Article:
You’ve just brought home your smart, sweet, willful, lively little black-and-tan ball of fuzz. Of course, he did not come from a puppy mill via a pet shop or from someone breeding his pet Welsh to any available male. He came from a knowledgeable, caring hobby breeder, probably from a litter containing a couple of show-quality puppies – maybe he is one of them! What should you expect from life with little Cymro (“Welshman” in Welsh) as he grows up?
The first thing which strikes owners of a first Welsh is their activity level. Busy, busy, busy. While they aren’t “bouncing off the walls” active, they make it their business to follow you everywhere, investigate everything in their domain and trying to entice you into play as often as possible. This need for activity makes it essential to give puppies enough stimulation and exercise, since bored puppies can be spectacularly destructive.
These dogs are very sensitive to movement – rather like sight hounds -- so movement either indoors or out quickly gets their attention. This and their lightning-quick reflexes make them excellent vermin killers (everything from mice on up). As independent hunters, Welshes weren’t bred to look up to a master for orders as sporting dogs were. For the terrier it’s “Go down the hole, drag out the fox.” This same delightfully tough independence can make Welshes a challenge to train; everything distracts them! Fortunately they usually show extreme devotion to food. Thus, reward-based training is definitely the way to go.
Friendliness to people is a particularly engaging breed trait. Don’t expect a Welsh to be a guard dog, though he will let you know when someone comes. Every guest gets the “A” welcome from Cymro! Friendliness with other dogs can be an entirely different matter, though dogs vary tremendously in this regard. A puppy altered young, before sexual maturity, will lose a lot of that inborn dog-aggressiveness, especially if he has also been exposed to lots of other dogs in play situations. Despite this, it’s always a good idea to introduce a Welsh to another dog very carefully. He may not want to start a fight, but he will certainly finish one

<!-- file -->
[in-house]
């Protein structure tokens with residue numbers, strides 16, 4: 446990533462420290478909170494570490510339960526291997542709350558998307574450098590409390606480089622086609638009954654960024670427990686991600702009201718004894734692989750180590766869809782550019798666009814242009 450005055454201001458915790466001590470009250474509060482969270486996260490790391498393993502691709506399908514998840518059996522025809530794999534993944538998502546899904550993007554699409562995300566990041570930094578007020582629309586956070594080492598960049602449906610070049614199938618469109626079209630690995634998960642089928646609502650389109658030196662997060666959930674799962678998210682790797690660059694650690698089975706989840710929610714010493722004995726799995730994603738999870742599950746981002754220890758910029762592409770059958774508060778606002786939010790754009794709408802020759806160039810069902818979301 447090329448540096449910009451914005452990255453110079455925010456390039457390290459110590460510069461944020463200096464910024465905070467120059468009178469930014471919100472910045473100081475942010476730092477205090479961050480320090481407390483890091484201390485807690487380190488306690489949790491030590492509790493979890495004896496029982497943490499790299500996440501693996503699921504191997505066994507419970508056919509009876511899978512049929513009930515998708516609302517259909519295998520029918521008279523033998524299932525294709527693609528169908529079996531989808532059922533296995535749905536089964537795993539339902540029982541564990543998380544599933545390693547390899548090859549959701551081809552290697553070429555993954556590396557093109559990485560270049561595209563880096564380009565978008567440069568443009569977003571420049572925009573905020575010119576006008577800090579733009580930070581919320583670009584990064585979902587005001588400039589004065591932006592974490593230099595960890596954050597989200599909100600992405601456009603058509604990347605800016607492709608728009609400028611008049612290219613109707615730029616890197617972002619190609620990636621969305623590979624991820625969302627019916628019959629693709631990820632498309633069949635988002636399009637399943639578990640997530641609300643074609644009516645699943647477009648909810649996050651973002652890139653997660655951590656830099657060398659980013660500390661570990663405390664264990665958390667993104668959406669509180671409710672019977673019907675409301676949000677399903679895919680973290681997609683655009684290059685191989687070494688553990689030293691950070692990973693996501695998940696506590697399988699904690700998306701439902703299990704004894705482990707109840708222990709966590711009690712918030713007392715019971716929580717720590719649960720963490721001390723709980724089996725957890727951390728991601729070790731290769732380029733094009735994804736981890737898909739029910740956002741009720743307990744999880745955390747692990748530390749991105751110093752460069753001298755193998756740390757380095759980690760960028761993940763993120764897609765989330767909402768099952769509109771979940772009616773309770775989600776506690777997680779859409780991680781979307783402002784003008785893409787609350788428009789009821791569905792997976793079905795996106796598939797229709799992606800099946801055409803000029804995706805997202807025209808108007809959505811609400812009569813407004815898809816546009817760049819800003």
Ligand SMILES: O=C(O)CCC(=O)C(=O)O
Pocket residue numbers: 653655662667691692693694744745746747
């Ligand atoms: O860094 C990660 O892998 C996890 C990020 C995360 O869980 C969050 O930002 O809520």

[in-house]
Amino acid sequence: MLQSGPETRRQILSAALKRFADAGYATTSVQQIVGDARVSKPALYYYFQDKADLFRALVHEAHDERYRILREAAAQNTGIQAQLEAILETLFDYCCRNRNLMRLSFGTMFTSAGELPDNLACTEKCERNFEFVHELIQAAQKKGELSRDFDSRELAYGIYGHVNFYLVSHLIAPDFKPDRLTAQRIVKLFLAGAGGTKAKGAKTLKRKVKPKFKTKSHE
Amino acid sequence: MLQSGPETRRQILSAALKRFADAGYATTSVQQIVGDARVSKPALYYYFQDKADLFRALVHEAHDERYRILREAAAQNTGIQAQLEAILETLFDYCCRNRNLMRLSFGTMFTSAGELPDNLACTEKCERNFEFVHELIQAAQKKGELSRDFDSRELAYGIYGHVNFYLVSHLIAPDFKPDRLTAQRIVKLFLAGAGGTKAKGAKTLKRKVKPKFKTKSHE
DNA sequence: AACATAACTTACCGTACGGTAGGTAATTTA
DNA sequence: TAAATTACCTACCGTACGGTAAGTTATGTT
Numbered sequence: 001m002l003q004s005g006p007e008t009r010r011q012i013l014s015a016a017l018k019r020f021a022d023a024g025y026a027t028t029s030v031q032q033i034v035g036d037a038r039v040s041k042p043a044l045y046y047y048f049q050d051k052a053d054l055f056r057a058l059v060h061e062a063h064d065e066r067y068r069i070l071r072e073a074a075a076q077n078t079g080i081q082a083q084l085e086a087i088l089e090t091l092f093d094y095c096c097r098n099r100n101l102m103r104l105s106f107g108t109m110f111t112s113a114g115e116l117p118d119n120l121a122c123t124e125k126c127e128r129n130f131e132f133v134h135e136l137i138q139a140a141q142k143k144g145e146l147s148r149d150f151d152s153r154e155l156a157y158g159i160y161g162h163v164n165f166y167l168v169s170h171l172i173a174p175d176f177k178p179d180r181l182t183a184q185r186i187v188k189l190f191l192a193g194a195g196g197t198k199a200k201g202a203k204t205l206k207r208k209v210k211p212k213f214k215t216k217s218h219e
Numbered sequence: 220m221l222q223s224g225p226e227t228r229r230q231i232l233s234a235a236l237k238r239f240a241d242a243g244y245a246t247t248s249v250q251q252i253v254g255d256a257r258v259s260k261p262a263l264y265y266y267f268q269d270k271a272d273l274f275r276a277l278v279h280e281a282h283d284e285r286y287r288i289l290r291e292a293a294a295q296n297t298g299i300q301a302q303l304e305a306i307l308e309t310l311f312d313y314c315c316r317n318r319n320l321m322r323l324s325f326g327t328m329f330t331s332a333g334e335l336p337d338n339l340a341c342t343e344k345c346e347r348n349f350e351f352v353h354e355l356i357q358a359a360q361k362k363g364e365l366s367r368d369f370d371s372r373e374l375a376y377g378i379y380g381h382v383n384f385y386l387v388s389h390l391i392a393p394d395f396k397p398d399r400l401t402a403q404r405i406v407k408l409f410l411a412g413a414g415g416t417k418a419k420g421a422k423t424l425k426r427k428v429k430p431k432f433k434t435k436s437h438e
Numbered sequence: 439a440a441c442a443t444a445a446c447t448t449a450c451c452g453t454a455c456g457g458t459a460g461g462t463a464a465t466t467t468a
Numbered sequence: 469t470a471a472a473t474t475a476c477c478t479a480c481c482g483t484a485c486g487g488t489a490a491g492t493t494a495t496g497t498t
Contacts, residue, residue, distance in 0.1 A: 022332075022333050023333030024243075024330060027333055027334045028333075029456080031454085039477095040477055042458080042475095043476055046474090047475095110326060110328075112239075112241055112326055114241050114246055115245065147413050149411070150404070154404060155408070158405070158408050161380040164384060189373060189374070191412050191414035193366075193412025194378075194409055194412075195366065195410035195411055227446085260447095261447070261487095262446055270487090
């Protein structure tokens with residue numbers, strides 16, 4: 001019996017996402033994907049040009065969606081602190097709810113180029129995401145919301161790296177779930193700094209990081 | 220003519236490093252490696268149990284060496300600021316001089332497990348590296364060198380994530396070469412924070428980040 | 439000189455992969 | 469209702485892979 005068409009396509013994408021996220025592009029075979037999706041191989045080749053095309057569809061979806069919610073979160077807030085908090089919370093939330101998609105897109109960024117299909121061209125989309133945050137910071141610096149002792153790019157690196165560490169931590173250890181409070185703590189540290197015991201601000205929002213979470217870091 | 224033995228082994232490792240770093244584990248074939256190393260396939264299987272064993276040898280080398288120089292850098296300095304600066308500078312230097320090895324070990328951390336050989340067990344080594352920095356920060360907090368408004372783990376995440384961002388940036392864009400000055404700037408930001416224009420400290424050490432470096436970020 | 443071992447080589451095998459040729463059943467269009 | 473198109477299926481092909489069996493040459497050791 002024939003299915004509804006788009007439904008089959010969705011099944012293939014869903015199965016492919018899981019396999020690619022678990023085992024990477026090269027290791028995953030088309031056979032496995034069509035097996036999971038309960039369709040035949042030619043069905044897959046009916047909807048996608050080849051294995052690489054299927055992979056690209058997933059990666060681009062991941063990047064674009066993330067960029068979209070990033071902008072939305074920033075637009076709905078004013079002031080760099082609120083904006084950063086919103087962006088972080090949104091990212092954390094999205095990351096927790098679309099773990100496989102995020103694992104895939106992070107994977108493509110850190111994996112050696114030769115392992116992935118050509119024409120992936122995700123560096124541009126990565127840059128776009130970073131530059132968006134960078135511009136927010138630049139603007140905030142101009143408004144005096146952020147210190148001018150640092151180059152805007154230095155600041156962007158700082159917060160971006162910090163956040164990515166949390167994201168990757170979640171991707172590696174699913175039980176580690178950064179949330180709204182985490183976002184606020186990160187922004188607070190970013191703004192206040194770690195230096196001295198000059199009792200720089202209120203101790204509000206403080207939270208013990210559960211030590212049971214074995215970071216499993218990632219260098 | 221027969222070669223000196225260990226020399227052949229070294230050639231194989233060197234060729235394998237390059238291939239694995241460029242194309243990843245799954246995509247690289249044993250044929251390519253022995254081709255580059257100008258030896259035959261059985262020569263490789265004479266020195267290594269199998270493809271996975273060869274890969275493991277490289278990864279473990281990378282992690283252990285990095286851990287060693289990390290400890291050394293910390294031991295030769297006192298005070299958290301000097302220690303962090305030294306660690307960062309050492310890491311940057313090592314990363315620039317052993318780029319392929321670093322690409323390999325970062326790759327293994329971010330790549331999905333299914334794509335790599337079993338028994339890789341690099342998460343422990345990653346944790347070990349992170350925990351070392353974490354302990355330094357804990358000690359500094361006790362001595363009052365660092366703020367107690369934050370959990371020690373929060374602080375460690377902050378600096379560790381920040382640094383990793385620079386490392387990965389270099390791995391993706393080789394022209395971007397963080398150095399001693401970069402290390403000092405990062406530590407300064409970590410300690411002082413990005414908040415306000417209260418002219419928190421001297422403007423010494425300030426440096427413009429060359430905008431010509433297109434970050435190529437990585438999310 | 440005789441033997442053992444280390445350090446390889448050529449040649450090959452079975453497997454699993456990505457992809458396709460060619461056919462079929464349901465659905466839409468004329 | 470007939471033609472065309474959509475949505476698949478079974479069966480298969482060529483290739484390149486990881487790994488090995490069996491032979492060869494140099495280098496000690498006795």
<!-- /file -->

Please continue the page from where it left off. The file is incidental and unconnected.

Don’t expect little Cymro, sweet as he is, to have more than a few functional brain cells until he’s about a year old, with real maturity upstairs arriving at about age 2. But by all means start obedience training right away, since nobody likes an out-of- control adolescent brat. Repetition and food rewards should produce some results – mix in a lot of patience, too. Training, besides making Cymro a little more civilized, also impresses on him who’s boss.
That MUST be you, or very bad things can happen when the adorable puppy hits adolescence. For instance, puppy “mouthing” turns into something a lot less cute when all those very large adult teeth come in. It may be cute to watch a little puppy protect his food or toys, but not when he decides to attack any “thief.” Cymro has to learn that you are his God, the source of everything good in his life -- things which can be taken away as well as given. This may all seem obvious, but the Welsh’s baby cuteness makes it easy to forget the strong will inside that hard little head. A leading cause of dogs’ being given up to Rescue is out-of-control behavior leading to “I’m in charge” aggressiveness.
An adult Welsh, past all the baby and adolescent bumps in the road, will be a delightful companion for 12 or 13 years, often longer. Unlike big dogs, Cymro will be “young” and playful right up to old age. Successful 10-year-old agility competitors are certainly not unknown! Though Welshes can be afflicted by any disease dogs can have, they typically retain their health, beauty and vigor into old age. Take good care of him, and Cymro will be the best dog you’ve ever had.
For more information about Tollgate Terriers, please visit ALL our Pages!
You’ll learn about our breeding practices, kennel history, pedigrees, puppies and much more about us and the Welsh Terrier world. If you would like "at a glance" view of our website, visit our Sitemap.